My grandson and I have a game where we share pictures of animals we see in our neighborhood. I did it as a way of keeping connected long distance. With my grandson, I’m going to try getting him to tell me stories about each animal using Adobe Voice to record them. Then I’ll put them into the video format. I may write out a script of the video so that he can read along with it. Hopefully this will connect the verbal to the written. I’m hoping it works. 😀

  2. Mrs. P says:

    Oh my gosh…I love this book! The bits you shared were wonderful and I would love to read more.

    I wish I could articulate a thought so descriptively. Already moved by the first sample you gave, these lines were fabulous, “The story

    wakes up and walks all over the room. Sits in a chair,

    crosses one leg over the others, says,

    Let me introduce myself. Then just starts going on and on.”

    Truly beautiful use of the English language. Great review.

  3. Lady Fancifull says:

    So. My eyes did the teary, leaky, spouty thing at every quote. And then I headed over to Amazon’s look inside and discovered yes it is THIS side of the pond too. And i read some more, and wept some more and my heart went all huge, floppy and tried to get outside of my ribcage. So I bought it from a third party seller.

    And, now I’ve stopped weeping(so much tenderness in the excerpts, its like being dissolved from one’s edges) I shall need to make sure there are tissues a plenty for when the postman comes.

    I don’t think this is going to join the TBR queue, Jilanne, I suspect it will just grab me and sit me down and insist on engagement

    • Jilanne Hoffmann says:

      Successs!!!! Oh, and you will breeze right through it (pausing for long moments to absorb the perfectness of a phrase or an image), and then you will go back for a re-read, and perhaps you will underline your favorite parts and think about them over and over again while you’re staring out the window or peeling potatoes with the peels falling like tears into the sink (to quote a famous poet from your side of the pond), and it will become part of your body and life everlasting.

  4. FictionFan says:

    Sounds like a great mix of powerful images in fairly simple language – great for young people. Please explain to this foreigner who James and Ruby are – I got all the rest of the references, but not those two. I’m another who can do verbal flights of imagination but can’t turn them into the written word – but it seems that Woodson found her way past that problem…

      • FictionFan says:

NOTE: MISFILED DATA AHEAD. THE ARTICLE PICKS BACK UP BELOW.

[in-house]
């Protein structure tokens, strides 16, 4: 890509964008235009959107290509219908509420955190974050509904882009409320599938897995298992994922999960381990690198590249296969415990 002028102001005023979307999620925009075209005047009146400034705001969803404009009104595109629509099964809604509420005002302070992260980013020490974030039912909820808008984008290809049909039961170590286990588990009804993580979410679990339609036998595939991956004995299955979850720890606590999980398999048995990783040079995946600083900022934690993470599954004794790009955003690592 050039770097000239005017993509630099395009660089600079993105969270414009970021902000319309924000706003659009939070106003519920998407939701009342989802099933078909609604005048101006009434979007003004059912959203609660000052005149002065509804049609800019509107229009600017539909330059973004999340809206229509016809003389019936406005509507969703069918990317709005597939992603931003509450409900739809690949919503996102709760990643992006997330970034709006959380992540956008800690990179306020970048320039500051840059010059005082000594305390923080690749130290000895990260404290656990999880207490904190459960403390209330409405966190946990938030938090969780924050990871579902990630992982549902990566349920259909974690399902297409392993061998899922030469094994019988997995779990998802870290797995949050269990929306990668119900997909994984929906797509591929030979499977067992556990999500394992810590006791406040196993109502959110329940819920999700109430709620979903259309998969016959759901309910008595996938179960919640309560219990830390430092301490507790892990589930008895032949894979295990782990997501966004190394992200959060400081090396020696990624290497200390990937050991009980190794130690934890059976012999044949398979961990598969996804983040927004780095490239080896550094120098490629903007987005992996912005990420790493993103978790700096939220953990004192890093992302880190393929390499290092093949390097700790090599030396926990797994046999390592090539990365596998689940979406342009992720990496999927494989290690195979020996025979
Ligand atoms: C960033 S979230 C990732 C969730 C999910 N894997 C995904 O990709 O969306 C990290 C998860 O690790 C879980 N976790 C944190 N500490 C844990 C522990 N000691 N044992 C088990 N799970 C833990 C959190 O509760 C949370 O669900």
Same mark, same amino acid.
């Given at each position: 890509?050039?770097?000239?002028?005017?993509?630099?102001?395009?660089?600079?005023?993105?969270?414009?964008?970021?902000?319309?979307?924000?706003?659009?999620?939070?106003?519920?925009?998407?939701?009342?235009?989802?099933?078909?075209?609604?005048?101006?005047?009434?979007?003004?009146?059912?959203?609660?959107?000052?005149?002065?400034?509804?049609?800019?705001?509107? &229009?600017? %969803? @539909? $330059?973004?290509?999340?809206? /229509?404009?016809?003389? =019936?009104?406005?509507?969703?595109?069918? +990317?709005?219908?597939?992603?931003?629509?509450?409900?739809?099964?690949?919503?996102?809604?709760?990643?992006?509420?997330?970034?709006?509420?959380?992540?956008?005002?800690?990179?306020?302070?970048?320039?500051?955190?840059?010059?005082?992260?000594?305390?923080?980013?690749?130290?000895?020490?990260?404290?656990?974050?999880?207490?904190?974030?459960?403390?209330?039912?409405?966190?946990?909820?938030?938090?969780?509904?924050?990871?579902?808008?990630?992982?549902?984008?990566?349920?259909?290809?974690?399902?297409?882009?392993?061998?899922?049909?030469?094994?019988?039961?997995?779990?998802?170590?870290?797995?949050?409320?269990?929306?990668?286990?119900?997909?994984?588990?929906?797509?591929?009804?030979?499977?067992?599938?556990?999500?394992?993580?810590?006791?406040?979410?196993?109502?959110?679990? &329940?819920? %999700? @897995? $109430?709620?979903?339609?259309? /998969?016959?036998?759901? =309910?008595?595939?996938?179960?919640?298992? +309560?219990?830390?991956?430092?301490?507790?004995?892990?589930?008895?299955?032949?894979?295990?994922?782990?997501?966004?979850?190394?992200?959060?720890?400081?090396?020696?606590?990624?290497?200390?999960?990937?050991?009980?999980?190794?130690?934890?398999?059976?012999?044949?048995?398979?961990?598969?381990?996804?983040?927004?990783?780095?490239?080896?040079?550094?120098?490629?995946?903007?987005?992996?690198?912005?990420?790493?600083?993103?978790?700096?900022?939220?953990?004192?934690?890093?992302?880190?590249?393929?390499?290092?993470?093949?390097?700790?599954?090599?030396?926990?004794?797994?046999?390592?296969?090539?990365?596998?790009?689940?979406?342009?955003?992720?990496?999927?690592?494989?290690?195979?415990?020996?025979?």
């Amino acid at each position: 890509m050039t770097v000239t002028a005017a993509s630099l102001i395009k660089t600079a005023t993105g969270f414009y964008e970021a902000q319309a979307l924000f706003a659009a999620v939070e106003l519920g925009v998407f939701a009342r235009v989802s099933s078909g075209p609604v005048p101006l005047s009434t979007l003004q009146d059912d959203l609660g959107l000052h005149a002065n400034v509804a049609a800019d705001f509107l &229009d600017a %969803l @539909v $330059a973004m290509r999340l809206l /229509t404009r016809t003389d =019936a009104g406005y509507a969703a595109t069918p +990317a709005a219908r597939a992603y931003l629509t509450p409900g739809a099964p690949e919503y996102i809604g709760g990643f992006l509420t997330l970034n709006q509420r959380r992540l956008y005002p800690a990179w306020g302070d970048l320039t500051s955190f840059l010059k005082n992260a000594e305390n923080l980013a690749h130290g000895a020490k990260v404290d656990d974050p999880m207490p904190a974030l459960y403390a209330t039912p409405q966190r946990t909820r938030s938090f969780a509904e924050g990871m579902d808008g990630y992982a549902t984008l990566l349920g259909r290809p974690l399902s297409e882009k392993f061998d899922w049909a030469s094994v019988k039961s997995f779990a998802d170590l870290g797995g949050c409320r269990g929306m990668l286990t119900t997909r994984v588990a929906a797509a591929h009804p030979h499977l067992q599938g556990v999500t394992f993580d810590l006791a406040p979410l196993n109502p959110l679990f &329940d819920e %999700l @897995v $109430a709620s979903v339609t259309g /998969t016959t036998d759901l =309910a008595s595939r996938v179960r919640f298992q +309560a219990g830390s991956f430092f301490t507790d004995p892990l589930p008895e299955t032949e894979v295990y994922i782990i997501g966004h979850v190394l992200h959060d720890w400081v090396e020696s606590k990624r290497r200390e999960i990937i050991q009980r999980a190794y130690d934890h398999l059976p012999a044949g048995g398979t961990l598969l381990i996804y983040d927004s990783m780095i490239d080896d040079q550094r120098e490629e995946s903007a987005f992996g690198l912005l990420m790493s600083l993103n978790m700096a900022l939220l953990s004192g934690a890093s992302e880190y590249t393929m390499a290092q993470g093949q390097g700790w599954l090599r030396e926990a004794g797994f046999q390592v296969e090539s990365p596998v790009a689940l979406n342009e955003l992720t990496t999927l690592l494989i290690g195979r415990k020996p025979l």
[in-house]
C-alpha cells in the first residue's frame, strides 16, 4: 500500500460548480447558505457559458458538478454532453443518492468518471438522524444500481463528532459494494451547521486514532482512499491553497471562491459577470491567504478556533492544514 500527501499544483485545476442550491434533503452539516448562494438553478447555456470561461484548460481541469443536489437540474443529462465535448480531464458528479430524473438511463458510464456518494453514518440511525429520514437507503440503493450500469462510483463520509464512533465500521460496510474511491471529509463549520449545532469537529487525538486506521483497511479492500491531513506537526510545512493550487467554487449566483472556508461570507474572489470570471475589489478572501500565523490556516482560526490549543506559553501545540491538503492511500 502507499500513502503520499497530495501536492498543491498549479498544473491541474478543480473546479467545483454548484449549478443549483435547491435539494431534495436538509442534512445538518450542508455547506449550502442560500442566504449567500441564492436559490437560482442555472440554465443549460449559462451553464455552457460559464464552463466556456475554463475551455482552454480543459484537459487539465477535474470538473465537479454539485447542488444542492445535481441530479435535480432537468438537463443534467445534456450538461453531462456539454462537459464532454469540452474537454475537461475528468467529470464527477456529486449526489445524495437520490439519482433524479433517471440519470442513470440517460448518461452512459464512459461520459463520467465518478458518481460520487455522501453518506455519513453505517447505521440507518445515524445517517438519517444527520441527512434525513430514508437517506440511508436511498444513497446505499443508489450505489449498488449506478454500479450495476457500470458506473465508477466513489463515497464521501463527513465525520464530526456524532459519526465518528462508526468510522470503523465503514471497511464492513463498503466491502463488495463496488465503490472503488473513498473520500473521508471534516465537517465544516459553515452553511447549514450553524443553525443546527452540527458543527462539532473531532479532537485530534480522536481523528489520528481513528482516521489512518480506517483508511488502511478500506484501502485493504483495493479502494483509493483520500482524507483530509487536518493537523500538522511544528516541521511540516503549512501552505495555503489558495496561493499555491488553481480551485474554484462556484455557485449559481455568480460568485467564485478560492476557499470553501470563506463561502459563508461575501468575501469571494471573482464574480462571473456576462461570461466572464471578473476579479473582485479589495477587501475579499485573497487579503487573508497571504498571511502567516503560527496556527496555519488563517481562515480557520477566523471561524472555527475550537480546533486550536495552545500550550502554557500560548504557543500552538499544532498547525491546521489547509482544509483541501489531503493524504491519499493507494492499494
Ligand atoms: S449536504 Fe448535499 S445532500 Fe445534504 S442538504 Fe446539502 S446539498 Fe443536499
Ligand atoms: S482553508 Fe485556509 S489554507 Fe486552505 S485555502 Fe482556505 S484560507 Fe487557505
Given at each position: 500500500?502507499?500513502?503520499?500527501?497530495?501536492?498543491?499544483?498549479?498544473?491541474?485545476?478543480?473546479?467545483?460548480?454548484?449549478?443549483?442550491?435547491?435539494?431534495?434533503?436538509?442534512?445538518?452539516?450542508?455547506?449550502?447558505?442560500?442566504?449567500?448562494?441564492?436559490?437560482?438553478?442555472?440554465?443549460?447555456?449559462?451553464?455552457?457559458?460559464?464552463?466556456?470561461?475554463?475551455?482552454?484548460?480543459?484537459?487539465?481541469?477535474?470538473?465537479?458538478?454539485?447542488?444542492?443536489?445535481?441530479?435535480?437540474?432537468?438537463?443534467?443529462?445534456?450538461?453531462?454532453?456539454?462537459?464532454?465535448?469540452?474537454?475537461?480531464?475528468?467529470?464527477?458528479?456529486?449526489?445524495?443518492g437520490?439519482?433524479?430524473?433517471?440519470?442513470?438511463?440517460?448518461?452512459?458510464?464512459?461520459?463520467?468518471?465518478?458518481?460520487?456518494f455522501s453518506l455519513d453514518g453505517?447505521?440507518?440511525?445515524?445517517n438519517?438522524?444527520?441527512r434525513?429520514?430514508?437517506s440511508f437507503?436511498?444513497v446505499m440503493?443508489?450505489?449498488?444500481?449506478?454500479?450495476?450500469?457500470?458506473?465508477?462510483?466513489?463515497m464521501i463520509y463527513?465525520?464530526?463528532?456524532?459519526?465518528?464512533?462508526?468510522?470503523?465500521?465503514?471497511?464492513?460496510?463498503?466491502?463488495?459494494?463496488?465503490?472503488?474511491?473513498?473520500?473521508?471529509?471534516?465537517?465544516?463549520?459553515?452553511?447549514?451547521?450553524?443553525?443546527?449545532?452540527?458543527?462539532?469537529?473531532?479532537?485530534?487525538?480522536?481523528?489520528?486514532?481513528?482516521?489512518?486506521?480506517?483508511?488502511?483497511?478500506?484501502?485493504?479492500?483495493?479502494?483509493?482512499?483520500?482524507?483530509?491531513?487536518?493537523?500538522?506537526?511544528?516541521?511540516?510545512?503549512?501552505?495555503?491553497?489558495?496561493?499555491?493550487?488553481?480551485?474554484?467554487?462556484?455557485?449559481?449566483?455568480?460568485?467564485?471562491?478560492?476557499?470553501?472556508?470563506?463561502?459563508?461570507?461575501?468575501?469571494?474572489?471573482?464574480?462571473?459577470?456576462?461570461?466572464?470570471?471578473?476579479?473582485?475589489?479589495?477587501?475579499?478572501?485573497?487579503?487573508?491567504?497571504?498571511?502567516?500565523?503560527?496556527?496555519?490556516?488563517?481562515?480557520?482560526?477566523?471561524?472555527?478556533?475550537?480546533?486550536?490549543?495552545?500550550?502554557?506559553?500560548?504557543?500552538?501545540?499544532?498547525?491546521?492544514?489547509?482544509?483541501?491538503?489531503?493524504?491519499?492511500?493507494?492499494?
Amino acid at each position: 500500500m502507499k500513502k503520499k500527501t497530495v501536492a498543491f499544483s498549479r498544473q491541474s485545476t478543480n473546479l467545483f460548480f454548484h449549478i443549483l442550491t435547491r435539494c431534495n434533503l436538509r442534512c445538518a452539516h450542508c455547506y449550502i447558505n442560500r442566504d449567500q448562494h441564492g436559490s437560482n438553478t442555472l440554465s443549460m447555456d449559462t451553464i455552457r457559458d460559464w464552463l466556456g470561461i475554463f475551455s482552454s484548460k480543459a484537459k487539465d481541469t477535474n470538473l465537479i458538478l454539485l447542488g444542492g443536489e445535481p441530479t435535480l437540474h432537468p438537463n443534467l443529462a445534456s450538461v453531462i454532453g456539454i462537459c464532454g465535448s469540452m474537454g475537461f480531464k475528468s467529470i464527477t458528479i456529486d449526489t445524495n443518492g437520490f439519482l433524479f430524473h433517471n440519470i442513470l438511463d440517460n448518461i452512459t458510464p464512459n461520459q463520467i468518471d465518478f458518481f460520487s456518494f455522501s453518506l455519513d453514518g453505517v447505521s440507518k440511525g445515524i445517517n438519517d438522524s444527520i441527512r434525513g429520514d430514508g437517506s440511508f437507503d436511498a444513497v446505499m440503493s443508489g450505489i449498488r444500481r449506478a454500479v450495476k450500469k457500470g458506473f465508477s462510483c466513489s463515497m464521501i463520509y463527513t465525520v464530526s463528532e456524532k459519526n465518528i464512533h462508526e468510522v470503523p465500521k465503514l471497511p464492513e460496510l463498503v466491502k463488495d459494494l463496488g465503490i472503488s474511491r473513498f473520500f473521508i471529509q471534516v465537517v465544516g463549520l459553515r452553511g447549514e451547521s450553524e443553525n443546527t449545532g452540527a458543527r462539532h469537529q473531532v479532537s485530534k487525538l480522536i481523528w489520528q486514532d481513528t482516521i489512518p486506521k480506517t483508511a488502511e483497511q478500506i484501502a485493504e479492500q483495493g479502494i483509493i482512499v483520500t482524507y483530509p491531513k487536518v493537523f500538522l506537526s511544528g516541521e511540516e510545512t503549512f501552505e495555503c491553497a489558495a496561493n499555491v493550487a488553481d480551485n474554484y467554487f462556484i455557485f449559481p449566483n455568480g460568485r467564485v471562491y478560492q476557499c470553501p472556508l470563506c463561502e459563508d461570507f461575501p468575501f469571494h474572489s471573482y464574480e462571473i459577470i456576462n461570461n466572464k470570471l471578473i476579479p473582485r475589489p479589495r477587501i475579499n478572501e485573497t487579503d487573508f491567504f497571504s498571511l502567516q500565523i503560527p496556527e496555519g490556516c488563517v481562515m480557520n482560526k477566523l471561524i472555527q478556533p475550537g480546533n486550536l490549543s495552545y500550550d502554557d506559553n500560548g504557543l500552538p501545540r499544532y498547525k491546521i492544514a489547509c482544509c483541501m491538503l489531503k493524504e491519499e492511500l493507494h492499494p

Goodness! What a story – thanks for the link! It’s unbelievable to me that that was happening only a few years before my own school years. I’m not for one moment claiming our society isn’t racist – it was then and still is – but nothing like that. My primary school was all white, I think – there weren’t many people from black or Asian backgrounds in Glasgow then, and those that there were tended to live in certain areas – but really not ghettos (I think). But my secondary school was pretty multi-cultural for the time, and I honestly don’t think any of us thought much about it at all. In fact, it was a standing joke in Glasgow that we didn’t have time to be racist because we were still too busy fighting over religion…

        Haha! Thanks! But like all failed wannabe writers, I seem to have become a critic… 😉

  5. Sheila says:

    I’ll definitely be adding this one to my reading pile – thank you! I loved this passage:

    I’d never have believed

    that someone who looked like me

    could be in the pages of the book

    that someone who looked like me

    had a story

    Very powerful. It makes me think of I Know Why the Caged Bird Sings even though I haven’t read that in a long time.

    • Jilanne Hoffmann says:

      Thanks, Marsha! There are so many more beautiful lines, images, chapters, etc. in that book, it was difficult to select which few to share. I hope you have the chance to take a look at it. I don’t think you will be disappointed. Cheers!

      • tchistorygal says:

        Jilanne, you read many children’s books. I have forgotten, are you a teacher? I had to do a project for a literature class once and read something like 100 children’s book and write a short review (much shorter than you read.) It was very helpful in my teaching career.